Needless to say (but I’m going to anyway), I am pleased as punch that my lab’s most recent offering unto the body of scientific literature (“Analysis of alternative splicing associated with aging and neurodegeneration in the human brain”) was put on the cover of the current issue of Genome Research. In this paper, we investigated the connections between alternative splicing profiles in the aging brain and in brains suffering from neurodegenerative disorders, like Alzheimer’s disease. It is important to note that we were characterizing the alternative splicing differences associated with aging and disease, not identifying splicing changes that cause the diseases or the symptoms. Such questions will require ongoing work, which this study will, hopefully, help guide.
The artwork is by the study’s lead author, James Tollervey, who is creative, talented, and tall, all at the same time. My contribution was to conceive of and execute the data analyses leading to the paper’s first figure.
Analysis of alternative splicing associated with aging and neurodegeneration in the human brain
James R. Tollervey, Zhen Wang, Tibor Hortobágyi, Joshua T. Witten, Kathi Zarnack, Melis Kayikci, Tyson A. Clark, Anthony C. Schweitzer, Gregor Rot, Tomaž Curk, Blaž Zupan, Boris Rogelj, Christopher E. Shaw, and Jernej Ule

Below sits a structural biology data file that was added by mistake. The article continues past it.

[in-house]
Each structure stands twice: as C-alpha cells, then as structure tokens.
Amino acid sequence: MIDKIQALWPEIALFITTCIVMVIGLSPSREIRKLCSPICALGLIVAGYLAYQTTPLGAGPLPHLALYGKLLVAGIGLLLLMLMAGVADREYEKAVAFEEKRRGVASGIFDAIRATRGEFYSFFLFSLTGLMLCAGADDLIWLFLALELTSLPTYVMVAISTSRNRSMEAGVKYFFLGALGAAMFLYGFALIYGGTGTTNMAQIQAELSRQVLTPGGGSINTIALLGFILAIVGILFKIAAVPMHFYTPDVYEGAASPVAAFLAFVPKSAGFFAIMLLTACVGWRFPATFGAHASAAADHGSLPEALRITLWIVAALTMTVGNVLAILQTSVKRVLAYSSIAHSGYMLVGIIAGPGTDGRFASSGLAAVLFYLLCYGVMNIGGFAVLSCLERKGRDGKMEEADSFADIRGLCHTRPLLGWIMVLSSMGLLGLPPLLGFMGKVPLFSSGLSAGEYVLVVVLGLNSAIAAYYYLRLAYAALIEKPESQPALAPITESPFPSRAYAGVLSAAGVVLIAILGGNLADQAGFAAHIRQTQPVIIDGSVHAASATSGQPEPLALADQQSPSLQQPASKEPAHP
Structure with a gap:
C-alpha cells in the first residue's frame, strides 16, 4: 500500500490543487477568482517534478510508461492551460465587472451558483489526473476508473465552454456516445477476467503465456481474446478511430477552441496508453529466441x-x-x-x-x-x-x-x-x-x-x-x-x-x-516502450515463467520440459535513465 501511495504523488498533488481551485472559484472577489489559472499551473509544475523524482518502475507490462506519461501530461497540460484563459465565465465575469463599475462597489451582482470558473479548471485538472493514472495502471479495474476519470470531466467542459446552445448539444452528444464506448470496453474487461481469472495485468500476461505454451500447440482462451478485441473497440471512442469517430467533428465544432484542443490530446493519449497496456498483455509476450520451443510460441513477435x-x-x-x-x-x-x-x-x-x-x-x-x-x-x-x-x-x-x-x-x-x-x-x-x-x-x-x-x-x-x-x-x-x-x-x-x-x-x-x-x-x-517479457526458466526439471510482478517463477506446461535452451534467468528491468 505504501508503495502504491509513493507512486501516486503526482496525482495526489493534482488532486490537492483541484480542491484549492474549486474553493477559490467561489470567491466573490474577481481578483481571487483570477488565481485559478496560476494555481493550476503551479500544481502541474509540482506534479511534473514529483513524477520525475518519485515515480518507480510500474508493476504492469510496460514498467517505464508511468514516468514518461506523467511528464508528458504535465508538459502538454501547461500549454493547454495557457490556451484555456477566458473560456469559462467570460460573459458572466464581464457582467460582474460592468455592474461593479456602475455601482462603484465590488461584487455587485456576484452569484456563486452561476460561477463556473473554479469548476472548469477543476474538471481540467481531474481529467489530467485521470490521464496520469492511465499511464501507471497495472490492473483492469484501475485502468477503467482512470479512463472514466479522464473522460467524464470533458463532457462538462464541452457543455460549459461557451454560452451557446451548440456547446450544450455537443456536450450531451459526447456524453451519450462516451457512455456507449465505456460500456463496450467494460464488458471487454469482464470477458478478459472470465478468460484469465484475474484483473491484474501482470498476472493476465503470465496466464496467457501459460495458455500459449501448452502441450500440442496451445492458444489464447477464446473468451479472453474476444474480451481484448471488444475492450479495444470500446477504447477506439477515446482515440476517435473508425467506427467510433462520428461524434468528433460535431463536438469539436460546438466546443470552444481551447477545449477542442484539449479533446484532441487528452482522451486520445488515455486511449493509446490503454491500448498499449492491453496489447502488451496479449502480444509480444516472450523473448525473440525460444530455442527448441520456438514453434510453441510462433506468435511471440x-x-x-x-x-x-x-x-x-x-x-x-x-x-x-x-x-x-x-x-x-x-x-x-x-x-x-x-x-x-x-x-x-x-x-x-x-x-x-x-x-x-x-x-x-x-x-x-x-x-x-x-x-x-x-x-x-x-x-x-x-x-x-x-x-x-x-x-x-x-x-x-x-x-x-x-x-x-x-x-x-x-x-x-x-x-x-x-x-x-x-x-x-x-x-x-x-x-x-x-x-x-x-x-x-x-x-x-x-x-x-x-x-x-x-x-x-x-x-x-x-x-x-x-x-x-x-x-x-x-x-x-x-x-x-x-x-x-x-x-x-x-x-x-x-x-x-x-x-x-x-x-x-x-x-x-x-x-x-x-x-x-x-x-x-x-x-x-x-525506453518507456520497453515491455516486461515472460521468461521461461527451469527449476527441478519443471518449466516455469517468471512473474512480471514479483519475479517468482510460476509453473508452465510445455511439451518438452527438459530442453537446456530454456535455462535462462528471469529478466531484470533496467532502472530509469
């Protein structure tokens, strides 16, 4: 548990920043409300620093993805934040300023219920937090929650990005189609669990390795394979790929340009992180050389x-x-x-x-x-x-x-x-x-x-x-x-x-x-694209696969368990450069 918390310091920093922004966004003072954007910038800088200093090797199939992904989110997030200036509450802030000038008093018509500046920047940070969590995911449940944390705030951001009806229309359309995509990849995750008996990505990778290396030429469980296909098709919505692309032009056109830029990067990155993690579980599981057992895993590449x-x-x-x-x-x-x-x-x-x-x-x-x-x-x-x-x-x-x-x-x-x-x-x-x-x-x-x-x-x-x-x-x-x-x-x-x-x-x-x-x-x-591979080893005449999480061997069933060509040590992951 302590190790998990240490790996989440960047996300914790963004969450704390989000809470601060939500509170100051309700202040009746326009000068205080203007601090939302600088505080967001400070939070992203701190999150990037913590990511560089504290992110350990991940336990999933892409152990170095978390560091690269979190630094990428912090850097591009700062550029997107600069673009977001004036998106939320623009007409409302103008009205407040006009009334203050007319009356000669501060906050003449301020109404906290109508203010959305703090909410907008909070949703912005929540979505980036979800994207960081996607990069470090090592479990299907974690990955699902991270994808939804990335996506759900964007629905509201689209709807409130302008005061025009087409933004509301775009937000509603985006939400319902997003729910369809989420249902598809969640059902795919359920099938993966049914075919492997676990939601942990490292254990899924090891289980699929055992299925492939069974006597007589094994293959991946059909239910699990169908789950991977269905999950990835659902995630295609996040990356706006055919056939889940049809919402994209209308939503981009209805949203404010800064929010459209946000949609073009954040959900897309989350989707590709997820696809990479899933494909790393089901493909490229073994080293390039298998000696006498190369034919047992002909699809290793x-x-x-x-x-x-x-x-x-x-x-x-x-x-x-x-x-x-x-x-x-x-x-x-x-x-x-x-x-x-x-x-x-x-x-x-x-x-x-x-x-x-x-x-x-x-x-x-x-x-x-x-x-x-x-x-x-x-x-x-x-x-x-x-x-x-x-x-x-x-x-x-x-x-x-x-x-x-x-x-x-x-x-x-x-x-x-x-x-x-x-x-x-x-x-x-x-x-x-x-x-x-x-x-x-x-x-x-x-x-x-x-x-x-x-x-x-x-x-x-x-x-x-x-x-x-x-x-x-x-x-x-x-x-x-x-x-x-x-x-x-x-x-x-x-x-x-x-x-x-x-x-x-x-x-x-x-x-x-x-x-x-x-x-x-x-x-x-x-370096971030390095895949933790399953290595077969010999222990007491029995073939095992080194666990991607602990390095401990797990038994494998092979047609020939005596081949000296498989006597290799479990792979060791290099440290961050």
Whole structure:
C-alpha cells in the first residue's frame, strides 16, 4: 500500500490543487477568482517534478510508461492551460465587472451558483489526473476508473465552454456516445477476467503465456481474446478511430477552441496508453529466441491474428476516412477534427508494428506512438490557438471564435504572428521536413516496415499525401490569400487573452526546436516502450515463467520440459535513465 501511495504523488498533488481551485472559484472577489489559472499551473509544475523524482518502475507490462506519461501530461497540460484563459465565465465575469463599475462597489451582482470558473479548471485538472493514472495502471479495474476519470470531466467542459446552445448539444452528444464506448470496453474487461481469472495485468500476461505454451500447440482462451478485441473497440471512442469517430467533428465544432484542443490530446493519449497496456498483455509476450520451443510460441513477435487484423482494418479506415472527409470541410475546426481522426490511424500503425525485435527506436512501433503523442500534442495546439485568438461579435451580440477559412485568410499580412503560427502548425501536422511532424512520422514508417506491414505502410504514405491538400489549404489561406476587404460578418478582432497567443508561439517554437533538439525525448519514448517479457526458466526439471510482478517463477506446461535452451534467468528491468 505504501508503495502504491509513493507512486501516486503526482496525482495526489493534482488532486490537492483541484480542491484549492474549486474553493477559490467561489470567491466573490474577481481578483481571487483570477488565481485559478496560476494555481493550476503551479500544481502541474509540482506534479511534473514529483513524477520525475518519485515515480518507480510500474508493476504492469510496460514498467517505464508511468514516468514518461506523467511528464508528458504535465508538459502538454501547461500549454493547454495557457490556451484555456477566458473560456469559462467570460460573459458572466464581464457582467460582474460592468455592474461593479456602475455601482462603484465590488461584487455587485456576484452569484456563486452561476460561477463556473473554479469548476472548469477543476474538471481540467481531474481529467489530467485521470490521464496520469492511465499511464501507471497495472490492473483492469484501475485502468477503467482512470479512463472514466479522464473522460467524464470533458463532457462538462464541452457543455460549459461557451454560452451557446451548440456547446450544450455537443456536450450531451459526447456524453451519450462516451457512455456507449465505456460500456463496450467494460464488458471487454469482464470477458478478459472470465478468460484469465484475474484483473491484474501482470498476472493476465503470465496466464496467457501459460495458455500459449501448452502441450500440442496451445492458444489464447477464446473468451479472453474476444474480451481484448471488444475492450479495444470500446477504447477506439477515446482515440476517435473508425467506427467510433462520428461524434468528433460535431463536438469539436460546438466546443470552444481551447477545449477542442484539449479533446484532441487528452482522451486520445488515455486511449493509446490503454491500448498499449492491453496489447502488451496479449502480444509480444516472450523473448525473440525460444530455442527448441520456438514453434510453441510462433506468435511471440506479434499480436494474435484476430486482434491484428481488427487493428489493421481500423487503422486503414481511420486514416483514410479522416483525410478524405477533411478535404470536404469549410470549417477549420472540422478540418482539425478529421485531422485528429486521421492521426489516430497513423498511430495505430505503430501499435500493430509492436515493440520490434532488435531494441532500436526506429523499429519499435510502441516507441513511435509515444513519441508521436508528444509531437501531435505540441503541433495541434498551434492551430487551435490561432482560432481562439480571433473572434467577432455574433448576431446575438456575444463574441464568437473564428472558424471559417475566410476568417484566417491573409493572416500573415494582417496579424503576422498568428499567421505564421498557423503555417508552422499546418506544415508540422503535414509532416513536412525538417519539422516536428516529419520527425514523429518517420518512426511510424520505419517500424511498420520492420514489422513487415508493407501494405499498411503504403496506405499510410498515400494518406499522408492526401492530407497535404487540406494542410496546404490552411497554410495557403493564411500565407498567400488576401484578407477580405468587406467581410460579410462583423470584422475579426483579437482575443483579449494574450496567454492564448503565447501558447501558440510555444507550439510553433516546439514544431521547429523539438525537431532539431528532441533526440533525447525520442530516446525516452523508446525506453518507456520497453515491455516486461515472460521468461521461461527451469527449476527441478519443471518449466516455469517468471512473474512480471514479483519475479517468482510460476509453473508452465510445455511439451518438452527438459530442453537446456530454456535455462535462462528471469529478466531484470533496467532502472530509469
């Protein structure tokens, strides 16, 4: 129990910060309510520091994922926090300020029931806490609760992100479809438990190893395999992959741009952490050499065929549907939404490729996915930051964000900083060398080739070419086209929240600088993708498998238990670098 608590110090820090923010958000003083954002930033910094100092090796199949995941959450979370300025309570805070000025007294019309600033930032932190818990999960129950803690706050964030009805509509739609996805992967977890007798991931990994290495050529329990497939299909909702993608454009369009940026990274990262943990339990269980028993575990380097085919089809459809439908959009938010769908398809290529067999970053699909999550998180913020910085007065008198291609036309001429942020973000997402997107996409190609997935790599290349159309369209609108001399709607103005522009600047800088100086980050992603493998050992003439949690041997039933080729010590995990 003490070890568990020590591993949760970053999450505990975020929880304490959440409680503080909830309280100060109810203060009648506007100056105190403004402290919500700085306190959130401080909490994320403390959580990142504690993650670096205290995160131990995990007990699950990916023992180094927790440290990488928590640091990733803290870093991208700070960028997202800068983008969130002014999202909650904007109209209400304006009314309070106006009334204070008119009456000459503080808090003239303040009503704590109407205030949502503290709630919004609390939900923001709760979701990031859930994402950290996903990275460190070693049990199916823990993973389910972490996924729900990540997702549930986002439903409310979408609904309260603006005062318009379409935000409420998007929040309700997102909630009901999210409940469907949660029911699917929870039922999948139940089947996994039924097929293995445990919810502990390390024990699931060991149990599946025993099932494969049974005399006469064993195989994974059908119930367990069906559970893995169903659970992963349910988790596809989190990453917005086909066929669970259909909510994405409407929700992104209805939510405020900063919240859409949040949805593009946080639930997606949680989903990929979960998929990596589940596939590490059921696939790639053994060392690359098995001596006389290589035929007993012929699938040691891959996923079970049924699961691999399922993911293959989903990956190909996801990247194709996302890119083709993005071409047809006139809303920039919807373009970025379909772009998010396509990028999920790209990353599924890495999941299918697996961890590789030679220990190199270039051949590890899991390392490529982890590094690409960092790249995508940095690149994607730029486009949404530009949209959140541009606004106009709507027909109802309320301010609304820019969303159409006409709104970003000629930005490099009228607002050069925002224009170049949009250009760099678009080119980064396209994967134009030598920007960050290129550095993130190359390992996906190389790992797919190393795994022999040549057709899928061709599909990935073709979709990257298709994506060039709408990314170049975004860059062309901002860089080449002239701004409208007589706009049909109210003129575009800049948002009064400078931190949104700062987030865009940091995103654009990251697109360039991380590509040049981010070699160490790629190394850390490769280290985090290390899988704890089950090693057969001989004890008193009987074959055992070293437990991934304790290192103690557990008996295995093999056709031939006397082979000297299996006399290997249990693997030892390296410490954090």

Genome Res. October 2011 21: 1572-1582; Published in Advance August 16, 2011, doi:10.1101/gr.122226.111
Age is the most important risk factor for neurodegeneration; however, the effects of aging and neurodegeneration on gene expression in the human brain have most often been studied separately. Here, we analyzed changes in transcript levels and alternative splicing in the temporal cortex of individuals of different ages who were cognitively normal, affected by frontotemporal lobar degeneration (FTLD), or affected by Alzheimer’s disease (AD). We identified age-related splicing changes in cognitively normal individuals and found that these were present also in 95% of individuals with FTLD or AD, independent of their age. These changes were consistent with increased polypyrimidine tract binding protein (PTB)–dependent splicing activity. We also identified disease-specific splicing changes that were present in individuals with FTLD or AD, but not in cognitively normal individuals. These changes were consistent with the decreased neuro-oncological ventral antigen (NOVA)–dependent splicing regulation, and the decreased nuclear abundance of NOVA proteins. As expected, a dramatic down-regulation of neuronal genes was associated with disease, whereas a modest down-regulation of glial and neuronal genes was associated with aging. Whereas our data indicated that the age-related splicing changes are regulated independently of transcript-level changes, these two regulatory mechanisms affected expression of genes with similar functions, including metabolism and DNA repair. In conclusion, the alternative splicing changes identified in this study provide a new link between aging and neurodegeneration.